Fisher v. University of Texas at Austin: Comprehensive Research Guide

by Michelle Vallance 5. July 2013 16:46

If you were following the recent affirmative action case decided by the U.S. Supreme Court in Fisher v. University of Texas at Austin, then you might be interested in a research guide compiled by the UT Law Library. http://tarltonguides.law.utexas.edu/fisher-ut

The guide provides full-text access to all of the pleadings in the case, from its original filing in the W.D. of Texas. In addition, you can find links to significant scholarly articles on affirmative action, as well as a news archive detailing the history of the Fisher case.

This is a terrific resource, especially if you are interested in writing your AWR on affirmative action!

AWR Need a Gentle Nudge?

by Yvette Brown 24. June 2013 17:33

 

Creative juices done gone bone dry!  Check out Writer's Block / Writer's Anxiety

AWR Research Blues getting you down, email your AWR Librarian Liaison for a research consultation.  If your hectic schedule is just too hectic to schedule an appointment don’t sweat it.  Just stop by the Legal Research Help Desk before or after classes.  

Got a burning AWR research question at midnight that just can’t wait?  The AWR Papers - Research and Resources guide is the go to place for research tips.

Wishing for a published AWR.  Well, click over to ssrn.com and see a Phoenix School of Law AWR -- Can Shame Be Therapeutic? .

Memory a tad bit foggy about grammar or punctuation rules?  Consult the index in Bryan Garner, The Redbook: A Manual on Legal Style.  Style manuals set the “standards” for writing.  The manuals answer questions about punctuation, word usage, capitalization, italics, underling, document design, plurals, possessives, and other writing conventions.  Multiple copies of The Redbook are available at the Circulation Desk.

Last but not least, if editing is not your forte use the Student Self-Editing Checklist for Law School Papers, Notes and Comments.

Good luck researching and writing!

Arizona Legal Research Guide

by Lidia Koelbel 20. June 2013 10:09

The Library would like to announce the publication of the Arizona Legal Research Guide.  This newest guide is a compilation of numerous helpful resources for different types of research on Arizona's laws, cases, regulations, and practice.  The guide includes free resources proven to be very useful in real practice when costly subscription databases are no longer readily available. 

There is also historical information and links to other compilations of resources expanding the materials available to you.  Take a look for yourself.  You can access the guide here:  http://researchguides.phoenixlaw.edu/ArizonaLegalResearch

Alison Ewing's expertise in Arizona legal research was crucial to the composition of this guide.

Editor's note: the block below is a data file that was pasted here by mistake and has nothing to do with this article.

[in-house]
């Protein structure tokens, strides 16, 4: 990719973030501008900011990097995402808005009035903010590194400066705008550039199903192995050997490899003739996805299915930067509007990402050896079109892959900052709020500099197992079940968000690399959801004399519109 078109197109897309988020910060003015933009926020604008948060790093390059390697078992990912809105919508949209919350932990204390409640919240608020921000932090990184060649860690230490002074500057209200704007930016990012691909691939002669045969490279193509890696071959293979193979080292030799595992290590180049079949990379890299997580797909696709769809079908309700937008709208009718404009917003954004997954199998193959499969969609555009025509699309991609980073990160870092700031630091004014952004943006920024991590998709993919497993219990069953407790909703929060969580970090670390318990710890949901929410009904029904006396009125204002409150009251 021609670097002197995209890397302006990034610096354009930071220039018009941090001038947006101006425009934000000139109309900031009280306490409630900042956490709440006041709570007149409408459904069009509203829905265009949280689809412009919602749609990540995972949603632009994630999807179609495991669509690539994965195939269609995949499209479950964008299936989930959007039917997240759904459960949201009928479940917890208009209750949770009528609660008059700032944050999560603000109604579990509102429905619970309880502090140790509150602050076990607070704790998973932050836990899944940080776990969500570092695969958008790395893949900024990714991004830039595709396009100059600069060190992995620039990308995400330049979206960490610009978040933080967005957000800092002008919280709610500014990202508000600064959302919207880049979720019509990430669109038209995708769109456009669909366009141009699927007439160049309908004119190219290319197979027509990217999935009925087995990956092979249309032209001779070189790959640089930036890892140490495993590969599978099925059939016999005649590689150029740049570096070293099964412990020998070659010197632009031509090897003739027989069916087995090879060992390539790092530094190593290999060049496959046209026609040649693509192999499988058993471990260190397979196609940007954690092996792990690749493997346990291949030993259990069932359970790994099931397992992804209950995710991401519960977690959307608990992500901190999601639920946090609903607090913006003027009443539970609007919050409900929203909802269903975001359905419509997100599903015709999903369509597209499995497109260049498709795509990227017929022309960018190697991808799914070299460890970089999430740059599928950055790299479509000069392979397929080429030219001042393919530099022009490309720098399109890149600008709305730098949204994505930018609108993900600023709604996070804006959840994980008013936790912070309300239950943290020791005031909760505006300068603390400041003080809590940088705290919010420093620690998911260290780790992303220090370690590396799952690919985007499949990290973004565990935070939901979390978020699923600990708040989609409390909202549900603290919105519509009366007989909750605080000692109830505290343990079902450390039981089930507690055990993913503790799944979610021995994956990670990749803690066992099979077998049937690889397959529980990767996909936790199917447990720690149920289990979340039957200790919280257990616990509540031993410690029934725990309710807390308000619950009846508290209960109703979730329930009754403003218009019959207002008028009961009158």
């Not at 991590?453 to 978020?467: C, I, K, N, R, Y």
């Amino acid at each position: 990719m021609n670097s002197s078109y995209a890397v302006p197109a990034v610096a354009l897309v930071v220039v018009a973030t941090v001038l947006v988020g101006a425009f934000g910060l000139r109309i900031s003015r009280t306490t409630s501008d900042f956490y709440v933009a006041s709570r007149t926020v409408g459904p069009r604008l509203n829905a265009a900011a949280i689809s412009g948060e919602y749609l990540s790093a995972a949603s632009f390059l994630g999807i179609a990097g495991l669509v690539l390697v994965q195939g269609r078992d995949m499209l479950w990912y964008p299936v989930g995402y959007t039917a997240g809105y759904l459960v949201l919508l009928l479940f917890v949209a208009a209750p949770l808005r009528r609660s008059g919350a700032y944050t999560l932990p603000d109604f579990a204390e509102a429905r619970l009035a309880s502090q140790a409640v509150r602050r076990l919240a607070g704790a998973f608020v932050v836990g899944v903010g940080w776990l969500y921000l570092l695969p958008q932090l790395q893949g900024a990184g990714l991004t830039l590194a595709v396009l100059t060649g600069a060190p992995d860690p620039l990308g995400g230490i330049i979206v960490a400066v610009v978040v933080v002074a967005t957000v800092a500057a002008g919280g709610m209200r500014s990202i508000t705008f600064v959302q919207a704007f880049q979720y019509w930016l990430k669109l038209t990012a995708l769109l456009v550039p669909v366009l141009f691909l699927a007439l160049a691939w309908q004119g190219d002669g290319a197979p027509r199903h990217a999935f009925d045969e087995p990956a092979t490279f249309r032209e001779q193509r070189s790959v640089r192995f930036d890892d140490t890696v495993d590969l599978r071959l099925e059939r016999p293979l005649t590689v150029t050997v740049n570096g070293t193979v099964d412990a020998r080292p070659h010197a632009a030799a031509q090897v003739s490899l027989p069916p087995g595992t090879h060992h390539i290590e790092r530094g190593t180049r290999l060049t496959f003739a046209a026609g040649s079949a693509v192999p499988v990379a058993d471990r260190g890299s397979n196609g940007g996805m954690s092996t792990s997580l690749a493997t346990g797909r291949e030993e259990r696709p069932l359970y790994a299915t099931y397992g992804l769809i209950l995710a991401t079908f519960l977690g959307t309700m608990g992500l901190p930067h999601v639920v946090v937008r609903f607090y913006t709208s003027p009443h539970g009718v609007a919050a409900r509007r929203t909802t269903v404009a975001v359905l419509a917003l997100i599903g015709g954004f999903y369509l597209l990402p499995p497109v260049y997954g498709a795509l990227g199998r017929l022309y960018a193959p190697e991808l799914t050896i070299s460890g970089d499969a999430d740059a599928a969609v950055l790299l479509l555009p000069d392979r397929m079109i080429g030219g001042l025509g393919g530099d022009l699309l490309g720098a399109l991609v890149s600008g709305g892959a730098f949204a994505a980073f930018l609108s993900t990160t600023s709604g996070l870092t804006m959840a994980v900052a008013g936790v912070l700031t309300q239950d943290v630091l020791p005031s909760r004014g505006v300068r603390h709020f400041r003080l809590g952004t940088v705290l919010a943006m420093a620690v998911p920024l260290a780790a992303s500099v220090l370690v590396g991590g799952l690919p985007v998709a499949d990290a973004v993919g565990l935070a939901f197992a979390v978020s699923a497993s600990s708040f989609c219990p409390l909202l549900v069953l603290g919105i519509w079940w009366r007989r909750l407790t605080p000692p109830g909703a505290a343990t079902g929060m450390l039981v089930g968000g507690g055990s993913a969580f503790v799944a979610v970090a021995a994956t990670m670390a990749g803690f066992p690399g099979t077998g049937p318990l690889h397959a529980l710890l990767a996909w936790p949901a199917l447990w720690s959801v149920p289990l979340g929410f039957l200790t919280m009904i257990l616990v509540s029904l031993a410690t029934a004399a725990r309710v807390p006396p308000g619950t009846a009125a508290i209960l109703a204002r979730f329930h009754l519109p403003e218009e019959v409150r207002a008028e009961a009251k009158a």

AWR & Study Aids Workshops This Week!

by Michelle Vallance 4. June 2013 12:15

            

Considering tackling your AWR soon? Join us on Wednesday, June 5th from 12-1pm in the Law Library's Teaching Lab, Classroom 1337, for a workshop titled Getting Started on Your AWR. This workshop will expose you to the pre-research process.  You will learn to identify research sources in order to narrow down topics and determine whether a chosen topic is practical - with enough accessible, available research.  This workshop will also include a discussion on setting personal research deadlines. Please feel free to bring your lunch!

Would you like to gain a better understanding of a legal topic you are studying this summer? Are you interested in finding out more about the Law Library's Academic Success collection and Westlaw's online study aids? Come learn some tips for success from your very own Law Library staff this Wednesday, June 5th from 3-4pm. The Study Aids workshop will take place in the Library's Teaching Lab, located on the 13th floor in Classroom 1337.

Take a look at our library workshops page to view a list of workshop descriptions and a link to the workshop calendar.

Congressional Information from the “Insiders” Point of View: Part 1

by Alison Ewing 15. May 2013 14:38

  

 

 

 

 

The Arizona Association of Law Libraries recently presented a full day program on Congressional Information that   featured distinguished speakers from the Department of Justice, the Federal Reserve Board, the Sunlight Foundation, GovTrack.us as well as the Arizona State Library and the ASU Law Library.  This blog will cover two of the speaker presentations: The Federal Legislative Process and Finding and Compiling a Congressional Legislative History. Part 2 will feature GovTrack.us and Congressional bill tracking.

Ellen Sweet, Legislative Reference Specialist at the Tax Division, U.S. Department of Justice, led the audience through the legislative process using a federal Indian law (NAGPRA) that included detailed information about the documents produced from the process and which of those documents are the most likely to yield legislative intent information. Excellent flowcharts illustrated the process. Her materials can be found starting at page 37 of the conference materials.

The excellent, up-to-date Finding or Compiling Federal Legislative Histories Electronically was presented by Rick McKinney, the Assistant Law Librarian at the Federal Reserve Board Library. Mr. McKinney’s expertise is the electronic availability of legislative documents and the chart that he included in his materials is a timesaver for anyone who does legislative intent research.

Ms. Sweet and Mr. McKinney are co- authors of the indispensable Law Librarians’ Society of D.C. Legislative Sourcebook 

Need help with a legislative history project? Ask a Librarian!

 

 

 

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